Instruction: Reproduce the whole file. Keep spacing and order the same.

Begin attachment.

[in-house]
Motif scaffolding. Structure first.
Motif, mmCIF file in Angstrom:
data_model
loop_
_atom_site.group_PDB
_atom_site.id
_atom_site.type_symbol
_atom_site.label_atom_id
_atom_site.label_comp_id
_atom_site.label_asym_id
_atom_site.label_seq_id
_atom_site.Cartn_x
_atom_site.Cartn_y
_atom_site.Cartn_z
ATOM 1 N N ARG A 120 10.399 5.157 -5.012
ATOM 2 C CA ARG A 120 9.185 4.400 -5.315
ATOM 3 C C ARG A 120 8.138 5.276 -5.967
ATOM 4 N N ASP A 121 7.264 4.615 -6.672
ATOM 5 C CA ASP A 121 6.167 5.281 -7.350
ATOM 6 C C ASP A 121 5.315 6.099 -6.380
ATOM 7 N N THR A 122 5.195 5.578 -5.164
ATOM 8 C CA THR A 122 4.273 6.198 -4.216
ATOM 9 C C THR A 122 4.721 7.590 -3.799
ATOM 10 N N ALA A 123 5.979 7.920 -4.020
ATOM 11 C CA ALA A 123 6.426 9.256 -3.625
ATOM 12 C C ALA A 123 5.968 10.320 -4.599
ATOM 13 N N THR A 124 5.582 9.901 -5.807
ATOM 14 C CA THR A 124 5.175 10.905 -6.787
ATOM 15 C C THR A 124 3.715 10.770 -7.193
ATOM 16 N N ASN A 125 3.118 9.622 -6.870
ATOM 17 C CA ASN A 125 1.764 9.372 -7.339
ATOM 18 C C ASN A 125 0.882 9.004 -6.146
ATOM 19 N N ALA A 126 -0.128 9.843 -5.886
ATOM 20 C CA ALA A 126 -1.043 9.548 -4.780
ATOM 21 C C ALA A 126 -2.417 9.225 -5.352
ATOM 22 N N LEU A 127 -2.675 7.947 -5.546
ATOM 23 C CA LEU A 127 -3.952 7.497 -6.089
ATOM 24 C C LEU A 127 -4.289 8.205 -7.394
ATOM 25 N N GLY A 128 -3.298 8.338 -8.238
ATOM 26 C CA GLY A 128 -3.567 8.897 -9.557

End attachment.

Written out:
[in-house]
Motif scaffolding. Structure first.
Motif, mmCIF file in Angstrom:
data_model
loop_
_atom_site.group_PDB
_atom_site.id
_atom_site.type_symbol
_atom_site.label_atom_id
_atom_site.label_comp_id
_atom_site.label_asym_id
_atom_site.label_seq_id
_atom_site.Cartn_x
_atom_site.Cartn_y
_atom_site.Cartn_z
ATOM 1 N N ARG A 120 10.399 5.157 -5.012
ATOM 2 C CA ARG A 120 9.185 4.400 -5.315
ATOM 3 C C ARG A 120 8.138 5.276 -5.967
ATOM 4 N N ASP A 121 7.264 4.615 -6.672
ATOM 5 C CA ASP A 121 6.167 5.281 -7.350
ATOM 6 C C ASP A 121 5.315 6.099 -6.380
ATOM 7 N N THR A 122 5.195 5.578 -5.164
ATOM 8 C CA THR A 122 4.273 6.198 -4.216
ATOM 9 C C THR A 122 4.721 7.590 -3.799
ATOM 10 N N ALA A 123 5.979 7.920 -4.020
ATOM 11 C CA ALA A 123 6.426 9.256 -3.625
ATOM 12 C C ALA A 123 5.968 10.320 -4.599
ATOM 13 N N THR A 124 5.582 9.901 -5.807
ATOM 14 C CA THR A 124 5.175 10.905 -6.787
ATOM 15 C C THR A 124 3.715 10.770 -7.193
ATOM 16 N N ASN A 125 3.118 9.622 -6.870
ATOM 17 C CA ASN A 125 1.764 9.372 -7.339
ATOM 18 C C ASN A 125 0.882 9.004 -6.146
ATOM 19 N N ALA A 126 -0.128 9.843 -5.886
ATOM 20 C CA ALA A 126 -1.043 9.548 -4.780
ATOM 21 C C ALA A 126 -2.417 9.225 -5.352
ATOM 22 N N LEU A 127 -2.675 7.947 -5.546
ATOM 23 C CA LEU A 127 -3.952 7.497 -6.089
ATOM 24 C C LEU A 127 -4.289 8.205 -7.394
ATOM 25 N N GLY A 128 -3.298 8.338 -8.238
ATOM 26 C CA GLY A 128 -3.567 8.897 -9.557